AFRICA - Avian influenza disease outbreaks and smuggling of cheap poultry products are putting pressure on the poultry industry in West African countries, whilst producers in Southern African countries are struggling with price fluctuations.
The avian bird flu that surfaced in West Africa this month has decimated the sector in Africa, amid fears that it could spread to other parts on the continent and the United Nations’ Food and Agriculture Organisation (FAO) calling for $20 million to fight and control the outbreak.
Other countries in the region have now temporarily banned movements of live poultry products across West Africa. There are also fears that some major export destinations will also impose import restrictions until the outbreak is brought under control.
“Fears are growing that without timely intervention to stem outbreaks of the highly virulent avian flu virus H5N1 across West Africa, further spread across the region and beyond is inevitable,” FAO said mid-July.
Cases of the latest avian flu outbreak have been reported at poultry farms and other sites in West African countries such as Ghana, Nigeria, Burkina Faso and Niger among others.
“Based on what we do know, there is a real risk of further virus spread. Urgent action is needed to strengthen veterinary investigation and reporting systems in the region and tackle the disease at the root, before there is a spillover to humans,” said Juan Lubroth, the head of FAO’s animal health service department.
Curtailed productivity and output losses owing to such outbreaks of diseases are contributing to an increase in smuggled poultry products in the West African region. Countries that have been affected the most include Nigeria.
The West African country’s Customs Service confirmed this month that it had seized huge consignments of frozen poultry products along the border with Benin.
Wale Adeniyi, the head of public relations for the Nigerian Customs Service, said in a statement that the seized consignments included about 1803 cartons of banned poultry products that were being imported into the country.
“Most of the seizures were made when commercial vehicles conveying them were apprehended by Customs Officers. However, a significant number were made on the Iyafin Badagry waterways on the Lagoon that stretches through the Nigeria – Benin Border,” he said.
Smuggling of poultry products has become problematic for Nigerian officials, with the Customs Service now urging “hotel and restaurant owners, fast food outlet operators and barbecue sellers to shun smuggled chicken.
“The protection of the Nigerian Poultry Sector is the responsibility of all,” Mr Adeniyi added in the statement. Other countries in Africa are also moving in to restrict imports of poultry to promote growth of local producers.
Statistics released in the past month indicate that Nigeria imported about 1.2 million metric tonnes of frozen chicken in 2014. The Poultry Association of Nigeria's president, Dr Ayo Oduntan, also said that the West African nation consumes about 1.5 million metric tonnes of frozen chicken per year, most of it smuggled and imported.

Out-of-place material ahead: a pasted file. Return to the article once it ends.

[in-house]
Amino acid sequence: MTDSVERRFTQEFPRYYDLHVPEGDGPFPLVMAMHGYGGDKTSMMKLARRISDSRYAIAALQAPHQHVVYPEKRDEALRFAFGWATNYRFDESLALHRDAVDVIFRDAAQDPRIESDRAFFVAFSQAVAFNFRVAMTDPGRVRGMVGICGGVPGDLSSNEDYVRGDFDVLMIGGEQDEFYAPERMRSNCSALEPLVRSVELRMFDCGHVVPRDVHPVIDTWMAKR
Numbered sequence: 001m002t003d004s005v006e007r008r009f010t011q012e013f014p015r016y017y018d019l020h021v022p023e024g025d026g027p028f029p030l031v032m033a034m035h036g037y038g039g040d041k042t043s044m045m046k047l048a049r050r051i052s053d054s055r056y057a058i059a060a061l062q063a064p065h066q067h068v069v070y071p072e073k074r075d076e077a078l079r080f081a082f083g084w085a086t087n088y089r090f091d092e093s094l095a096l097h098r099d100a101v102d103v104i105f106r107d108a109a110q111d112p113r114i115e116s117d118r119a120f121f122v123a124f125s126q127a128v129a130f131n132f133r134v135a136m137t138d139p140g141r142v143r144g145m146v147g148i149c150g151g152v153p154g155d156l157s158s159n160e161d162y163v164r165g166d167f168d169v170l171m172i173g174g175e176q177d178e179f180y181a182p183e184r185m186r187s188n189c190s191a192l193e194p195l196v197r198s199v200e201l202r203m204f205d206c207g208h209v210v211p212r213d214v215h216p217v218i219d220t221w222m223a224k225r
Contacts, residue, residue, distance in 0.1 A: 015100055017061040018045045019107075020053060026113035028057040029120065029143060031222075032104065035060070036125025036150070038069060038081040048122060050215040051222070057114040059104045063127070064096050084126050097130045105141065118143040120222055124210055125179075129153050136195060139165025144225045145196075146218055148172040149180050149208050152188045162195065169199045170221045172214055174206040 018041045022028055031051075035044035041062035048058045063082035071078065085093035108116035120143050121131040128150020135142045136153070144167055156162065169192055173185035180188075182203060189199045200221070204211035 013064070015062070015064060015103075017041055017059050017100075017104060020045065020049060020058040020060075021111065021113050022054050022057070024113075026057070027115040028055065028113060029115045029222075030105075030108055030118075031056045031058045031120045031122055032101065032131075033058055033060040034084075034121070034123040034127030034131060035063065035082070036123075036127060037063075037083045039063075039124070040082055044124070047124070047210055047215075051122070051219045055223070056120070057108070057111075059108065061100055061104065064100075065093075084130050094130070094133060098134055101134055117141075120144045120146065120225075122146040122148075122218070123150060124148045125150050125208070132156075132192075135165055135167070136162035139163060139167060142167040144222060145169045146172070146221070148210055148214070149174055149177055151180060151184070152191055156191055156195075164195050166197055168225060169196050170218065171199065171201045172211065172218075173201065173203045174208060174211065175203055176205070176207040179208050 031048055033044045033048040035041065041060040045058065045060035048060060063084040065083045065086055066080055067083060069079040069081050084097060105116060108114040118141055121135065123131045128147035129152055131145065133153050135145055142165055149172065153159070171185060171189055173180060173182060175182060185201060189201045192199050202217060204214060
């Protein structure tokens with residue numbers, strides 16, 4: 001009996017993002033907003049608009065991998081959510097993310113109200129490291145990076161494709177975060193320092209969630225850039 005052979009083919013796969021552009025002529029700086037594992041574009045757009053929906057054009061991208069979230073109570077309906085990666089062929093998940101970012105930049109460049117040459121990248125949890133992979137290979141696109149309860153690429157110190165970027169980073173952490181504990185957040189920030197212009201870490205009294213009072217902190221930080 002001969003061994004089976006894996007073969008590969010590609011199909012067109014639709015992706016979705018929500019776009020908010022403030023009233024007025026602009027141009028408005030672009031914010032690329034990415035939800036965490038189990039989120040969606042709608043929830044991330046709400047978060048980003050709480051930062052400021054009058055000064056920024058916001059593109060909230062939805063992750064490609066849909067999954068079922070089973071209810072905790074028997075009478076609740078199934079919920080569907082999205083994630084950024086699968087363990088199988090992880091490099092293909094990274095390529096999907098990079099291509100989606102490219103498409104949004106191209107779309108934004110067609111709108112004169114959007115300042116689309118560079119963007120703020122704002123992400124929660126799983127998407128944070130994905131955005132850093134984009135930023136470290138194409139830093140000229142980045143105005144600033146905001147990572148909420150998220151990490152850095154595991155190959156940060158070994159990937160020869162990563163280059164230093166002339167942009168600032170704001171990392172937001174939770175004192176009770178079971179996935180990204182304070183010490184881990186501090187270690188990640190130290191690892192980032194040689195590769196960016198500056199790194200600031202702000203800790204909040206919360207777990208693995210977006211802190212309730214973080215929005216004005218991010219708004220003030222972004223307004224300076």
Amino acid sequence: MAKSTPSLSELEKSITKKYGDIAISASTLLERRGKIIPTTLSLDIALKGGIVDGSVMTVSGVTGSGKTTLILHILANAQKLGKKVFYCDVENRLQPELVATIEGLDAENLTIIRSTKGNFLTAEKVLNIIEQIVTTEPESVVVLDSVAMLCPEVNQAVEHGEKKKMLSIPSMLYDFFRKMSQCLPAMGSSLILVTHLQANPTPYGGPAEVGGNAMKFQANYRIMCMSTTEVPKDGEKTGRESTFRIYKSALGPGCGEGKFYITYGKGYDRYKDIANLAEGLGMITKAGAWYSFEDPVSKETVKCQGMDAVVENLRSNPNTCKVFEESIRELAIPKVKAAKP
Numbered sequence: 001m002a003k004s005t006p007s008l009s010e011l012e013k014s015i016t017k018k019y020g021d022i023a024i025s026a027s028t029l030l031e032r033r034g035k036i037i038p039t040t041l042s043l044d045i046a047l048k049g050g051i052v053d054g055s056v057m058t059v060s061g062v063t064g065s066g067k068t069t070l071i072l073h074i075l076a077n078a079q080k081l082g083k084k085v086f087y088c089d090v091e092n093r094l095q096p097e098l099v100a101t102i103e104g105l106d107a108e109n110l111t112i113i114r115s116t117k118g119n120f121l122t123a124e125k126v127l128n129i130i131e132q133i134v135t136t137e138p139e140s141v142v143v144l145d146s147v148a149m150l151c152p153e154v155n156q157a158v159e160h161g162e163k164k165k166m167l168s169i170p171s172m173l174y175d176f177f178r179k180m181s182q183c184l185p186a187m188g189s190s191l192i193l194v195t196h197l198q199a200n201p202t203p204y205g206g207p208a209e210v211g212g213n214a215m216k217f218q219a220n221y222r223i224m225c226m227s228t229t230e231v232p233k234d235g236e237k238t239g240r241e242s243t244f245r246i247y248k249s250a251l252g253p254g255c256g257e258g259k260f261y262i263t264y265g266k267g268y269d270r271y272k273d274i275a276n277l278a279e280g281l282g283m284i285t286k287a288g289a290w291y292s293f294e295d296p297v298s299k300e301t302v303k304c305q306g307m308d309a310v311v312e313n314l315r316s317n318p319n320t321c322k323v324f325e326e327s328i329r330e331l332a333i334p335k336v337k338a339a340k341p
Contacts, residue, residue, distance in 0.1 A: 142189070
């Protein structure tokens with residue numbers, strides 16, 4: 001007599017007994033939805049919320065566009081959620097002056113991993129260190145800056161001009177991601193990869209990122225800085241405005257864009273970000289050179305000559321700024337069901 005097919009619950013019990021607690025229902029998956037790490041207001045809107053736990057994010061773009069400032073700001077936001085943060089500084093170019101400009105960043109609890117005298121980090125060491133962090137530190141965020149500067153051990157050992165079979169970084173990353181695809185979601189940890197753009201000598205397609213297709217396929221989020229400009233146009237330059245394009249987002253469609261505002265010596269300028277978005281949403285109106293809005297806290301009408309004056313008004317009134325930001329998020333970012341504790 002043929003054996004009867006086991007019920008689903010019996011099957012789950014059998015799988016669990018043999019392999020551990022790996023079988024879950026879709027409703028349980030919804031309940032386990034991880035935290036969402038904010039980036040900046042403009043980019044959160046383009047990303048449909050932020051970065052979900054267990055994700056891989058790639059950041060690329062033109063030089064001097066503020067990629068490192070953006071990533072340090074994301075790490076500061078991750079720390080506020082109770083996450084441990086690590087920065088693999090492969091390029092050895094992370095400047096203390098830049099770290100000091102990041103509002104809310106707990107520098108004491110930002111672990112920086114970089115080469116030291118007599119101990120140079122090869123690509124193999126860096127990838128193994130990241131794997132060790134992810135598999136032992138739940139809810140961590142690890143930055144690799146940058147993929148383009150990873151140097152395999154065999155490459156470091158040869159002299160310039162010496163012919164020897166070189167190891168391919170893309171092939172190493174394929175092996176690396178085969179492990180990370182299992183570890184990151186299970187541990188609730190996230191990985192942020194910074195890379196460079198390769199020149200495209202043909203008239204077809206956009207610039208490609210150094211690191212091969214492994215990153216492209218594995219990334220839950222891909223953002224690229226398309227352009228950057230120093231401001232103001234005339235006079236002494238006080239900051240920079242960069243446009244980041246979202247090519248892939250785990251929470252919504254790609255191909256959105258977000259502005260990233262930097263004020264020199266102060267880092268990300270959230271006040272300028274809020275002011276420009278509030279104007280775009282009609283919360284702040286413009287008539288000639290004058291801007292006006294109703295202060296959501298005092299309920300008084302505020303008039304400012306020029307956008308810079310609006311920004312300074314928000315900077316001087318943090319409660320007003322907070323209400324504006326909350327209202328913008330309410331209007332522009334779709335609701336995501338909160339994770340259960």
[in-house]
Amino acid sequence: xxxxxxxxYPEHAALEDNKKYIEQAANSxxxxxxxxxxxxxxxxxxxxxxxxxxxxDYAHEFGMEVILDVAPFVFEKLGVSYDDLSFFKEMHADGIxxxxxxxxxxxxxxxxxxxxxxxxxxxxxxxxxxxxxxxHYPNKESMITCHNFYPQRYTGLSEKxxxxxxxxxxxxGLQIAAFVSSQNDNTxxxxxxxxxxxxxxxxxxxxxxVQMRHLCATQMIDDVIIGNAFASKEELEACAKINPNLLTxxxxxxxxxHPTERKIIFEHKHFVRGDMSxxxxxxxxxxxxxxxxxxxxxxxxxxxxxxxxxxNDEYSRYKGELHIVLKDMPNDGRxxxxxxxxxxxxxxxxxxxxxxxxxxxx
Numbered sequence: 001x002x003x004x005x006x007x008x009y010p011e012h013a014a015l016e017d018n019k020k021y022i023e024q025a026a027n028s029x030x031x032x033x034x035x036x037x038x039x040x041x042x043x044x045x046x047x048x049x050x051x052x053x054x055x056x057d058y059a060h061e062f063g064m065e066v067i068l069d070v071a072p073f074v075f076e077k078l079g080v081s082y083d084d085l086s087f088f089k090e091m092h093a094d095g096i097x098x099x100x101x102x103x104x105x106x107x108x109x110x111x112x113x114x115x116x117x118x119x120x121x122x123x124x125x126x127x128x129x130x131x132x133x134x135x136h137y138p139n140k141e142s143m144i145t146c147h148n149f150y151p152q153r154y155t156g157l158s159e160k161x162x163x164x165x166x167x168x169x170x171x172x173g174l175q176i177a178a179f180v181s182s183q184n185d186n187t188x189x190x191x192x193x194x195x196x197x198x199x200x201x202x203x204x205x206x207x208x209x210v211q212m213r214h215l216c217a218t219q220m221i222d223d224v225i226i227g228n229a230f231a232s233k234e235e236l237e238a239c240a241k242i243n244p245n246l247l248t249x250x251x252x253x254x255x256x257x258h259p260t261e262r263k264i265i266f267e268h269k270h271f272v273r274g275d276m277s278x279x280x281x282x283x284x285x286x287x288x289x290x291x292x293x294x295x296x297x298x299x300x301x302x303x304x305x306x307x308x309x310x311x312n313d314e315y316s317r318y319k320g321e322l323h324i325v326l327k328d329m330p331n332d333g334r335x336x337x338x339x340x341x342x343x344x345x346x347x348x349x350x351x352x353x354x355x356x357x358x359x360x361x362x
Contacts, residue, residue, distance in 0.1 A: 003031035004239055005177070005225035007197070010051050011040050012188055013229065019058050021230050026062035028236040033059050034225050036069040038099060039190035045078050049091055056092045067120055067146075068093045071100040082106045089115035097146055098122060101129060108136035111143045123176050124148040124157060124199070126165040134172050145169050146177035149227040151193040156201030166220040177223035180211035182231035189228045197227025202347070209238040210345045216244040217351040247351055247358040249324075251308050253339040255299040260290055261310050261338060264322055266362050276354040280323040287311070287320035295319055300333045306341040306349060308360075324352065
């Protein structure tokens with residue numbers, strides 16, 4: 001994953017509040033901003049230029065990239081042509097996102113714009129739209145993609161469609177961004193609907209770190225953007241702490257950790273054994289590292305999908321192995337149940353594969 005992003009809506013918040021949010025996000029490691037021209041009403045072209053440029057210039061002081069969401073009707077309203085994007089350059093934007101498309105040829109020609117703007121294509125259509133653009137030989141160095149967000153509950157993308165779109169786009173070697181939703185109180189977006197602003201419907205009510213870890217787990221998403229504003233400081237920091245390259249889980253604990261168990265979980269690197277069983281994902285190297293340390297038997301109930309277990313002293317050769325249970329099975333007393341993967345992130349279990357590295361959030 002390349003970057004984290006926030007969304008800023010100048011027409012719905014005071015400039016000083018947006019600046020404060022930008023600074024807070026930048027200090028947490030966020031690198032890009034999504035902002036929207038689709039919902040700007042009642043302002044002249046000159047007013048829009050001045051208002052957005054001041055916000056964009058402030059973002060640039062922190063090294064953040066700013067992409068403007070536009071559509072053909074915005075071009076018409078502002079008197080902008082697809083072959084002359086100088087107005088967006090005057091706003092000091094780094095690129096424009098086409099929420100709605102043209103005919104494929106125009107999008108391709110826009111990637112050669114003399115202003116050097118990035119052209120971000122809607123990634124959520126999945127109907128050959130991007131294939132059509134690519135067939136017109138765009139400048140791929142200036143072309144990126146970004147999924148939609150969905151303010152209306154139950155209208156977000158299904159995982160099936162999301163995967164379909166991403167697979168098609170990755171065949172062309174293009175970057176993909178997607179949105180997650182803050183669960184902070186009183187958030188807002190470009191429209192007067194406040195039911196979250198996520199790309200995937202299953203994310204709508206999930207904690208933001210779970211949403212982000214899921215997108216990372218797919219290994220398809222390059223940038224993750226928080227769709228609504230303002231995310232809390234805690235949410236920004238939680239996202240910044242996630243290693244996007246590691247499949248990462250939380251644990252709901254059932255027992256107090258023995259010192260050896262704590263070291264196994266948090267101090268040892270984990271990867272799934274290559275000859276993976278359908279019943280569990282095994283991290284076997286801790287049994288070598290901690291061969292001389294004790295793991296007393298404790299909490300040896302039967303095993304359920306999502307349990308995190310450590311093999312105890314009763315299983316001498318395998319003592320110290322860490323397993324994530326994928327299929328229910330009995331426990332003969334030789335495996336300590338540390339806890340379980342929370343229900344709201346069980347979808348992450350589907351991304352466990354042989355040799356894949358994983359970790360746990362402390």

While other countries in Africa are battling rising imports and smuggling of chicken and other poultry products, in Southern Africa, countries such as Namibia and Zimbabwe are in a pickle over rising and declining prices of poultry.
In Namibia, the Namib Poultry Industries raised chicken prices by as much as seven per cent. It also announced this month an increase in wheat flour and maize meal, reflecting the compound effect of dry conditions in the region which have contributed to an uplift in feed stock prices and chicken prices in the region.
Namibia has also recently introduced new levies on processed products.
The Namibian Agriculture Minister, John Mutorwa says however said the poultry price increases "increases are not proportionate to the 4 per cent levy adjustment and are therefore not justifiable".
This is in stark contrast to developments in Zimbabwe’s poultry industry where chicken prices have gone down by as much as 23 per cent. This has also been blamed on cheap imports, despite Zimbabwe restricting poultry imports.
Solomon Zawe, chairperson of the Zimbabwe Poultry Association was quoted by The Source news agency saying this month that cheap imports, mainly from Brazil and neighbouring South Africa were threatening the viability of local producers.
“The poultry industry is collapsing at the moment and there is no business to talk about. Farmers have stocks which they can’t move while abattoirs are full of chickens. Prices have gone down drastically with a kilogramme of chicken now going for $1, 55 from $2,” he said.
Against the backdrop of slowing down prices, rising imports and concerns over production losses owing to avian flu outbreaks, more than 2400 households are set to benefit from the African Chicken Genetic Gains (ACGG) project.
The project focuses on providing assistance to small scale farmers, especially women, in Africa and kick-started this month when it was launched in Dar es Salaam, Tanzania.
“This project has potentials for faster growth and more egg production compared to most of our indigenous or local ecotypes.
"We focus on women because we want to improve their income to enable them to meet social obligations in their families,” said Dr Daniel Komwihangilo, acting director general of the Tanzania Livestock Research Institute.
Read Tawanda's previous African Poultry Wrap by clicking here.